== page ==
Earlier this week we showed you how to make the Gnome Panels totally transparent, but you really need some customized fonts and colors to make the effect work better. Here’s how to do it.
Every week we bring you a snapshot of the current week in the history of technological and geeky endeavors. This week we’re taking a look at the birth of YouTube, the death of the HD DVD format, and the first mega meme.
Wireless network settings in Windows 7 are global across all users, but there’s a little-known option that lets you switch them to per-user, so each user has access to only the networks they are allowed to connect to. Here’s how it all works.
Whether you’re an astronomy buff or just somebody looking for a perfect “look how sweet my smartphone is!’ application, Google’s Sky Map application for Android phones is a must have app.
If you’re anything like 99% of everybody, you have some sort of PDF viewing software installed on your PC—but did you realize that you can use Google Chrome to view PDFs from your PC? It’s easy!
Netflix streaming isn’t just a feature that is nice to have, for many people it is a must have for any video streaming software. Unfortunately it has been missing from XBMC for various reasons, until today.
Yesterday we showed you how to monitor and track your total bandwidth usage, today we’re back to show you how to keep tabs on individual applications and how much bandwidth they’re gobbling up.
We all love transparency, since it makes your desktop so beautiful and lovely—so today we’re going to show you how to apply transparency to the panels in your Ubuntu Gnome setup. It’s an easy process, and here’s how to do it.
If you’re an RSS subscriber, you’ll soon notice that we’re making a few changes. Why? It’s time to simplify our system, while providing you a little more control over which articles you want to see.
Last month, we reviewed our friend Ciprian’s new book by Microsoft Press, Network Your Computers & Devices: Step by Step—and we’ve twisted his arm until he decided to give away 10 free copies for our readers.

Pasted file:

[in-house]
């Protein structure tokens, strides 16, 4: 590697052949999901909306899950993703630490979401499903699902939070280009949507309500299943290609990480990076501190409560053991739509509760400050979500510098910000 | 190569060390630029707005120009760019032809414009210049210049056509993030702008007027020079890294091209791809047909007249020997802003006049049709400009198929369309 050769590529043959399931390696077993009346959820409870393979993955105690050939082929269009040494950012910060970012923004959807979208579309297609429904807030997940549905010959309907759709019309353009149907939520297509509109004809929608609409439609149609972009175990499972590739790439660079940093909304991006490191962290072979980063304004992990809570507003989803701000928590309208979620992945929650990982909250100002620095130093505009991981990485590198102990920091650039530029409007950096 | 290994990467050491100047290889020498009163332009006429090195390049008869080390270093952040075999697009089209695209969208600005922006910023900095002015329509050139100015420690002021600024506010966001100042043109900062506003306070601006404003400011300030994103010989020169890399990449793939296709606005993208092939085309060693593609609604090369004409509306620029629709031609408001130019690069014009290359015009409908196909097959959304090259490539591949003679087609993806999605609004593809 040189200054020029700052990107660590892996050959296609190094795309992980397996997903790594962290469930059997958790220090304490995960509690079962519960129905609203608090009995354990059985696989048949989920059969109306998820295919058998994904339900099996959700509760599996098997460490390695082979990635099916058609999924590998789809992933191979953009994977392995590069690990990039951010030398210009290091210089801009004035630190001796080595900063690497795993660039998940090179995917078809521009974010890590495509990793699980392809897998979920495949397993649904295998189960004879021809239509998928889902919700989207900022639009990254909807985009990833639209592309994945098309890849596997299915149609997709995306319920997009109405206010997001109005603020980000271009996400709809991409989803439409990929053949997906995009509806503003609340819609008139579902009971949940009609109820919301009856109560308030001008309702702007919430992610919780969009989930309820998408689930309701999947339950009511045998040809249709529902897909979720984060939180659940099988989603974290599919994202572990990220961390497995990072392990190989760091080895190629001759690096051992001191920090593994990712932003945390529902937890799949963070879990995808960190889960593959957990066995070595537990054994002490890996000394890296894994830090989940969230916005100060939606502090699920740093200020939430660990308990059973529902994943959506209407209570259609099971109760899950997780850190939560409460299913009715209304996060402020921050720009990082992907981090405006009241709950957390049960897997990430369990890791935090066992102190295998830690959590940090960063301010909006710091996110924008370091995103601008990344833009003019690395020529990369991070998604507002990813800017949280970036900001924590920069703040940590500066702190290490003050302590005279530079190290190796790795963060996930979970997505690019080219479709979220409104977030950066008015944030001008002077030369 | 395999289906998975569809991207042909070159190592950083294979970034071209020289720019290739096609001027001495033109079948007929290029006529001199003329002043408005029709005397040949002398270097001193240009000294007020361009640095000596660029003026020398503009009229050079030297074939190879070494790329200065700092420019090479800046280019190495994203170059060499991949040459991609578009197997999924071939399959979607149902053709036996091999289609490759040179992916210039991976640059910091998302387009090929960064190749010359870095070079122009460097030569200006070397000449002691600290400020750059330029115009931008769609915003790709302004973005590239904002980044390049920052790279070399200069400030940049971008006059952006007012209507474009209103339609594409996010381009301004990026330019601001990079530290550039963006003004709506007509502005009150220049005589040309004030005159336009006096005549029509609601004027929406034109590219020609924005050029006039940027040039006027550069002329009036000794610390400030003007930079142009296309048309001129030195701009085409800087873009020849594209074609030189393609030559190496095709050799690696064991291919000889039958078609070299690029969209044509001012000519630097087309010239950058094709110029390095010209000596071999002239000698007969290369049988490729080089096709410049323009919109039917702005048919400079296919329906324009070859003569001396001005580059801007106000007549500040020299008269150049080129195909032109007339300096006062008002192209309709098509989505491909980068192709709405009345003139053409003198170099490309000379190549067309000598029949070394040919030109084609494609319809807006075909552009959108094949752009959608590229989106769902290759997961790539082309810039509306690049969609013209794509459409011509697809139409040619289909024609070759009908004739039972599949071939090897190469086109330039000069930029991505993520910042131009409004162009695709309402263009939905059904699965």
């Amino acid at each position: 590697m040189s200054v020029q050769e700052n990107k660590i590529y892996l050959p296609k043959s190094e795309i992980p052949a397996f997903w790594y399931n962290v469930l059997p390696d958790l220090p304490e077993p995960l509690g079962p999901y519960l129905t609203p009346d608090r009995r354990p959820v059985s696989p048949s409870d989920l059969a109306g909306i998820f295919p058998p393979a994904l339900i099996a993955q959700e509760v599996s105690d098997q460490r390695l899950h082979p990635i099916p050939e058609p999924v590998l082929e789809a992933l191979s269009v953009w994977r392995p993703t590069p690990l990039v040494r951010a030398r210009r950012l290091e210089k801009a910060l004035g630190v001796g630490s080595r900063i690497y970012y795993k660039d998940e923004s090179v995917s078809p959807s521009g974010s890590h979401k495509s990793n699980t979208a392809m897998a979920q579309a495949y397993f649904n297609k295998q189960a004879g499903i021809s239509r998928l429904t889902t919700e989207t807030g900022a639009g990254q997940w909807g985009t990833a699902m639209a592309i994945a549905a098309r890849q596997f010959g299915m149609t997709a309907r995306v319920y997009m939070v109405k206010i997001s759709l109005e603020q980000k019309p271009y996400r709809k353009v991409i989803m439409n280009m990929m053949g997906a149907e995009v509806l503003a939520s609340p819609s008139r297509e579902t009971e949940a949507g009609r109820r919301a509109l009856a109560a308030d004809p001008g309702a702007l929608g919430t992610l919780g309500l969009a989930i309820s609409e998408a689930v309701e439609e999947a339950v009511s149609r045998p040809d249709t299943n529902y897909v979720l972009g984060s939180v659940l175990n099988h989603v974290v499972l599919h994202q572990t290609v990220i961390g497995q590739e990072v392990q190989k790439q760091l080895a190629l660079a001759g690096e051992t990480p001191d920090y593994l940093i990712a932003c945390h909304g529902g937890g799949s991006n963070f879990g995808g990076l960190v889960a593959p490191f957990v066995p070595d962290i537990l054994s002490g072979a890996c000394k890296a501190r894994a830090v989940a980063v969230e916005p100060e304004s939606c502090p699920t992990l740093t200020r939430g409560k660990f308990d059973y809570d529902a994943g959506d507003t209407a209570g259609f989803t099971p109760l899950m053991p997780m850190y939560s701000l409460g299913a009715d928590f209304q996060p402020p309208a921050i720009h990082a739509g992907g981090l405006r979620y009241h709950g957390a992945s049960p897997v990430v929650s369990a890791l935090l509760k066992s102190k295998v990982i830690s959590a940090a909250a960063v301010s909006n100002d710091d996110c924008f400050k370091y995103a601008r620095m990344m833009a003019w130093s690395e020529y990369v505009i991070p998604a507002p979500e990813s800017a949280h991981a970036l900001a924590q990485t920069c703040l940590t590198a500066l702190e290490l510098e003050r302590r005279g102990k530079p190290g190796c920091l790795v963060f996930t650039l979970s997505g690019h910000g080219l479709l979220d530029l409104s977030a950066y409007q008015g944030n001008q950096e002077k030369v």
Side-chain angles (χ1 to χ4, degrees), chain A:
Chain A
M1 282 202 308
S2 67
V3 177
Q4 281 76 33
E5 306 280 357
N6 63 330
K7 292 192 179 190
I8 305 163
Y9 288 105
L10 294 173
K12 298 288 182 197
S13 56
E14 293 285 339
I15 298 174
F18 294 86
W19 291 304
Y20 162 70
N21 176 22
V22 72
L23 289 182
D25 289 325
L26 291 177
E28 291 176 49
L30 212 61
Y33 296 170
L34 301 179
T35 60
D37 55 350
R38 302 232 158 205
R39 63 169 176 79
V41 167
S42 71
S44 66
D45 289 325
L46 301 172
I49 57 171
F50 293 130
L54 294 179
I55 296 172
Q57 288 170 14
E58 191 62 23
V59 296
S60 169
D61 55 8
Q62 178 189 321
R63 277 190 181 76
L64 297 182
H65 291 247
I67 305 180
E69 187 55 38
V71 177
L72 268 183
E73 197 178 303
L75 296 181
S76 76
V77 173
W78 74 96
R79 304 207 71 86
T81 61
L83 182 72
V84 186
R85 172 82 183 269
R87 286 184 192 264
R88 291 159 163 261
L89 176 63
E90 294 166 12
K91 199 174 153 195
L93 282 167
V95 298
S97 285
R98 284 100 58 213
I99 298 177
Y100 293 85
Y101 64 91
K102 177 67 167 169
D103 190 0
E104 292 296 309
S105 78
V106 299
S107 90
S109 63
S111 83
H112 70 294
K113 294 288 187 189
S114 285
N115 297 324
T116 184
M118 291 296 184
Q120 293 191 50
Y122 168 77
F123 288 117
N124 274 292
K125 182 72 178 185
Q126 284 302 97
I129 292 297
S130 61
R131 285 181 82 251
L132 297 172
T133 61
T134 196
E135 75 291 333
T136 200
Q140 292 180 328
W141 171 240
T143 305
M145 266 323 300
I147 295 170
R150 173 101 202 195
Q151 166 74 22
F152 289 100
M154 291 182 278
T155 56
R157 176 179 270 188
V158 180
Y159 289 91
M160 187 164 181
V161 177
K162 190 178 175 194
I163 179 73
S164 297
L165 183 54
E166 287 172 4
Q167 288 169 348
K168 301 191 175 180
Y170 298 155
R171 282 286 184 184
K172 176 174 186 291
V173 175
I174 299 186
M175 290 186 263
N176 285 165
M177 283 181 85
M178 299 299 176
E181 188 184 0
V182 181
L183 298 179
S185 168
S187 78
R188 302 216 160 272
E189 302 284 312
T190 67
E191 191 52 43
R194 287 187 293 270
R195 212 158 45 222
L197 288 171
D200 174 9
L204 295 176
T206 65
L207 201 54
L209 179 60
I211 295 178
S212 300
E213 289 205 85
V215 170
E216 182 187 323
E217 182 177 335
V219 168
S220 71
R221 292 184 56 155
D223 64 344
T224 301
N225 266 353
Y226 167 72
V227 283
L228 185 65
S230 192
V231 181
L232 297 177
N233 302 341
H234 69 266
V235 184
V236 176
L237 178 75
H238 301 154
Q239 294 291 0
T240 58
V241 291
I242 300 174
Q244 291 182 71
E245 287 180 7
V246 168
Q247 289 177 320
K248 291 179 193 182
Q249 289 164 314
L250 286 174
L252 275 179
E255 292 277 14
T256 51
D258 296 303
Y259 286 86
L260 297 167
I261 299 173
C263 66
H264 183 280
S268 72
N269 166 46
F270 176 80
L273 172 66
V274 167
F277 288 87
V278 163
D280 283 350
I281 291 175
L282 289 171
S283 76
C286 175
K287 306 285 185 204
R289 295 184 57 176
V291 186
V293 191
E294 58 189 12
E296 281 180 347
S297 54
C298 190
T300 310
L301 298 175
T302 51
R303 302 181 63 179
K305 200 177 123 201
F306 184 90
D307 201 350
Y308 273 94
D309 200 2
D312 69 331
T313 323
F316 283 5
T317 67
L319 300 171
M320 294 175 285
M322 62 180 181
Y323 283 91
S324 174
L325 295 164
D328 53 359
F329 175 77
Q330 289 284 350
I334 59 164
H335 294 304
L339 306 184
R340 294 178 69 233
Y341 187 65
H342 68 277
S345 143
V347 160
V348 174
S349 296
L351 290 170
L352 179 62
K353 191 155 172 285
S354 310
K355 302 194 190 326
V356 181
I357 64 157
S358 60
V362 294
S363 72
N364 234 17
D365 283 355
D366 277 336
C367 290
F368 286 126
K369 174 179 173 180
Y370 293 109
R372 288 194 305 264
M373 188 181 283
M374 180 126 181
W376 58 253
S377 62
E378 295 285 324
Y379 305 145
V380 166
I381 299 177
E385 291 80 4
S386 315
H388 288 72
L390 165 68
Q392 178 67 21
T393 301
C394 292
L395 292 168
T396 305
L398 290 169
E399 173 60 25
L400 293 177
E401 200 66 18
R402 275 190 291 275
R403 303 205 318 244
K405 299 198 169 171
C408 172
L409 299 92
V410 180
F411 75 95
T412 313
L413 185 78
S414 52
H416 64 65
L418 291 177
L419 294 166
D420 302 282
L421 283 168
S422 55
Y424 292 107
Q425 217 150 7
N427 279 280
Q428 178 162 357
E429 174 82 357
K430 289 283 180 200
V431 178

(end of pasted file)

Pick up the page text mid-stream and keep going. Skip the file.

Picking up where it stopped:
Dear How-To Geek,
If you’re looking for a versatile battery booster, this DIY 3-in-1 solar/usb/wall current charger known as the MightyMintyBoost will top of your phone, mp3 player, and other gadgets with ease.
Apple users have been swiping, pinching, and rotating Mac’s user interfaces to their fingers’ content. In today’s article, we’ll show you how to do groovy things like expanding and reducing windows, and changing desktops using finger gestures.
This week we take a look at how to incorporate Dropbox into your Windows Start Menu, understanding and using symbolic links, and how to rip your TV series DVDs right to unique and high-quality episode files.
If you’ve ever had a burning need to know just how many times you strike the keyboard and click your mouse every day, KeyCounter–a tiny portable app–can help satisfying your geeky statistical needs.
We, like many Linux geeks, have had some trouble making the transition to Grub2, or for some of us, learning how to configure it from scratch. Fortunately, a new graphical tool has made this process easy and straightforward!
Have you ever wished that you could stream video files from your computer over to your TV without actually hooking the two directly together? If you’ve got a PlayStation 3, you’re in luck, because that’s today’s geek lesson.
Yesterday Microsoft announced the release candidate of Internet Explorer 9, which is very close to the final product. Here’s a screenshot tour of the most interesting new stuff, as well as answers to your questions.
Every week we bring you a snapshot of the week in Geek History. This week we’re taking a peek at the public release of Gmail, the first time a computer won against a chess champion, and the birth of prolific inventor Thomas Edison.
You might be wondering why we have a screenshot of what appears to be AVG Anti-Virus, but is in fact a fake anti-virus malware that holds your computer hostage until you pay them. Here’s a really simple tip to defeating these types of malware, and a quick review of other options.